Paramount Seeks to Throw Out Suit Over 1968 ‘Romeo and Juliet’ Nude Scene

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Paramount has filed a motion to throw out a lawsuit over the 1968 version of “Romeo and Juliet,” arguing that a nude scene with underage actors does not amount to “childhood sexual assault.”

Actors Olivia Hussey and Leonard Whiting were 16 and 17 when they starred in the movie, which was directed by Franco Zeffirelli. The film’s famous bedroom scene includes a lingering shot of Whiting’s buttocks and a brief glimpse of Hussey’s breasts.

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The actors, now in their 70s, filed a $500 million suit in December, alleging that Zeffirelli pressured them into performing in the nude. They accused Paramount, the distributor, of profiting from their sexual exploitation.

Paramount’s lawyers filed a motion on Monday, arguing that the suit is doomed to fail for a host of reasons. Among other things, the suit argues that the actors cannot file suit under a California law that suspends the statute of limitations for child sexual assault, because the scene does not qualify as assault.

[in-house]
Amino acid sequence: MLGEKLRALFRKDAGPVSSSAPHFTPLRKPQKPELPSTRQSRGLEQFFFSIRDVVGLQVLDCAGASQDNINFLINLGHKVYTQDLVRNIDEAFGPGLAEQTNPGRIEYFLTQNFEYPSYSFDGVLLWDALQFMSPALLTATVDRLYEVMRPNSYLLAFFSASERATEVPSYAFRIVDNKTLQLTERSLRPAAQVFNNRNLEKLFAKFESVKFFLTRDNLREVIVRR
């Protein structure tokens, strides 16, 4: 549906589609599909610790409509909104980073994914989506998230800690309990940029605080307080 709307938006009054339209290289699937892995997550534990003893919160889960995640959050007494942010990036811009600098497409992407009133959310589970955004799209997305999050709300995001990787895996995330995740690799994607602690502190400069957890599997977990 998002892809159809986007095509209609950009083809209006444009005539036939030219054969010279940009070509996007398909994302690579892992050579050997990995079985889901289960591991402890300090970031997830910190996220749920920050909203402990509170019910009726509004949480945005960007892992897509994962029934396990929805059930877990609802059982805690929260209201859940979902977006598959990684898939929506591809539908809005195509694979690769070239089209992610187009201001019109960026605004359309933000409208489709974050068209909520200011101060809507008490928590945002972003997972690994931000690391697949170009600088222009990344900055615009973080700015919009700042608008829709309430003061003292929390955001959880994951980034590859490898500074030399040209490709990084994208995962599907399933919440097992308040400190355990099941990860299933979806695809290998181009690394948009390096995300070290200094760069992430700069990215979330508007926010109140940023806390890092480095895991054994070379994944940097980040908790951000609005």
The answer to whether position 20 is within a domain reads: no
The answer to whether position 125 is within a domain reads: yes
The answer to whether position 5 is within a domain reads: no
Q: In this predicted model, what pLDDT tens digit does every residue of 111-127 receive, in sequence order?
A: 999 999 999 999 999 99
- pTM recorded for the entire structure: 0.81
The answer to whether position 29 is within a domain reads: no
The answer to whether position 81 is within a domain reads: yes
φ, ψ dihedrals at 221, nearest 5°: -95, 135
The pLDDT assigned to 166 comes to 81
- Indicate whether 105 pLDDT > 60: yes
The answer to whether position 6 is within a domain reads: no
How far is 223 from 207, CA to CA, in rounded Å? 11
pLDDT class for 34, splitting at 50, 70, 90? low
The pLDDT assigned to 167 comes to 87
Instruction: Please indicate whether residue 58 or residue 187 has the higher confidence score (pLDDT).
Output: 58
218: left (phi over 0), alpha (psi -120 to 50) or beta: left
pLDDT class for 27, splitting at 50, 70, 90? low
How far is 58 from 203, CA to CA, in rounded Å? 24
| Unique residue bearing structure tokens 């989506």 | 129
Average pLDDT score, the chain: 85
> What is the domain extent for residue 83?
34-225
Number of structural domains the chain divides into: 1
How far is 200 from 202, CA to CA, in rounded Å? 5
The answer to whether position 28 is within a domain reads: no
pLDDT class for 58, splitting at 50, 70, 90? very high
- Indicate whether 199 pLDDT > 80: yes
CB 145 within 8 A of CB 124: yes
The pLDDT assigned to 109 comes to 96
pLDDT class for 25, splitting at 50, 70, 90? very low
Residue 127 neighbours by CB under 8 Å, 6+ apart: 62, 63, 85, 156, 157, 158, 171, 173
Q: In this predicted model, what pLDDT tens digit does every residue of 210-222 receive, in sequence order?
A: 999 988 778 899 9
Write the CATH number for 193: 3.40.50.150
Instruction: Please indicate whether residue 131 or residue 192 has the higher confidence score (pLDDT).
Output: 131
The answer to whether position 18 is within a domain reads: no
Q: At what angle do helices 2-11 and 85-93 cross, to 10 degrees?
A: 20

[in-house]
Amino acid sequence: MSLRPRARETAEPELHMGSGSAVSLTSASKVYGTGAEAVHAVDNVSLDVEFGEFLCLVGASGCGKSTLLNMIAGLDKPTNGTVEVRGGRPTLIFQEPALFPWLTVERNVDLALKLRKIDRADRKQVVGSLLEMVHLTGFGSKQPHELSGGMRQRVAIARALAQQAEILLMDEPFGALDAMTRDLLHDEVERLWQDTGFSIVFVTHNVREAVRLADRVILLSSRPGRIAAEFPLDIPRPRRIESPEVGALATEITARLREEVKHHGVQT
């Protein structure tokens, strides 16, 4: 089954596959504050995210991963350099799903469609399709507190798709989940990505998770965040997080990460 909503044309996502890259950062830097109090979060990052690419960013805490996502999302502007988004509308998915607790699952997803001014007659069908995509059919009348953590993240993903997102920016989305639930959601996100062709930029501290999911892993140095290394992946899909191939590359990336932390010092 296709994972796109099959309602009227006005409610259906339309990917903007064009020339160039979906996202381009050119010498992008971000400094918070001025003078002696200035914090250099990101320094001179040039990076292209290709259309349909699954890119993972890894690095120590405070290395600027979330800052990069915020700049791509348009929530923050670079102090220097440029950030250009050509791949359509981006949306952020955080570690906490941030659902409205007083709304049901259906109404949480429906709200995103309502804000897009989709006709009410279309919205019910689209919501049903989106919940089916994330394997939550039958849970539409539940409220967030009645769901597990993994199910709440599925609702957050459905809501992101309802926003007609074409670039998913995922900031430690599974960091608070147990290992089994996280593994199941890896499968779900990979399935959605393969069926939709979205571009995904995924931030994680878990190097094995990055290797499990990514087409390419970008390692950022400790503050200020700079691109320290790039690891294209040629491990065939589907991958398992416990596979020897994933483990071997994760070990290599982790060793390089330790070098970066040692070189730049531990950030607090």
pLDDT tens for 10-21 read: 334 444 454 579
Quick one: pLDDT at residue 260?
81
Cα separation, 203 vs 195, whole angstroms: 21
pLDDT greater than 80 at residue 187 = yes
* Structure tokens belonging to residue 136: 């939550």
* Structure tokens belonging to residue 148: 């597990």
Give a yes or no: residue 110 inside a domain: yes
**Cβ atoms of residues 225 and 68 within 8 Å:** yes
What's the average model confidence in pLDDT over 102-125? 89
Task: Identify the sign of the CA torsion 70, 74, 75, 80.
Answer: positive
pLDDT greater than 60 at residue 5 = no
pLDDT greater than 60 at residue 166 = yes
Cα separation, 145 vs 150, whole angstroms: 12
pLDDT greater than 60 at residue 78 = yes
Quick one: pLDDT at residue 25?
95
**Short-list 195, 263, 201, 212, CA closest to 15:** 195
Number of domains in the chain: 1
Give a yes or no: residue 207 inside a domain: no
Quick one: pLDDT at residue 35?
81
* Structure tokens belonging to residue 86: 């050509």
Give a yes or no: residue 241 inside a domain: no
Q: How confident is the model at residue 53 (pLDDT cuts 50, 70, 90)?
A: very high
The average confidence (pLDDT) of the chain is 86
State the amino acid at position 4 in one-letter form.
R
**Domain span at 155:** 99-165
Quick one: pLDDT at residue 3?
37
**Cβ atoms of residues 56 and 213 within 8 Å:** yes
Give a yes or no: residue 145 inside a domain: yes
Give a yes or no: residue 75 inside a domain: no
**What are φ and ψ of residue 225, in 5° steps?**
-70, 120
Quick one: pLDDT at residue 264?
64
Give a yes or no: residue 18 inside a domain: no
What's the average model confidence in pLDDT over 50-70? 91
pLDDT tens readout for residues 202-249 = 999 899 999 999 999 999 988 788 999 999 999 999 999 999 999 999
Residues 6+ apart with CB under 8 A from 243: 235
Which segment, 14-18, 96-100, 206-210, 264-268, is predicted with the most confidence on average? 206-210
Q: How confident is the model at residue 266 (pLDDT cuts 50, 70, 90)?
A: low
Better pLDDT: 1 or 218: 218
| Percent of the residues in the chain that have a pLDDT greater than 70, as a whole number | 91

The motion also notes that Hussey and Whiting have fondly recalled their participation in the film in the intervening decades, including in a 2018 Variety interview and a 2016 Q&A with the British Film Institute.

The motion argues that Hussey and Whiting cannot sue in California, as they lived in the U.K. at the time and the filming took place in Italy. They also note that Paramount was only the distributor of the film, not the production company. Paramount was thus not Zeffirelli’s employer, and was not responsible for supervising his conduct on set, the motion argues.

The motion invokes the California anti-SLAPP statute, which protects First Amendment speech on matters of public debate. Paramount argues that the film stoked “ongoing debate about nudity in cinema.” The company also quotes from a glowing 1968 review of the film by Roger Ebert.

“A lot of fuss has been made about the brief, beautiful nude love scene,” Ebert wrote at the time. “I doubt whether anyone could see it and disapprove of it, but apparently someone has.”

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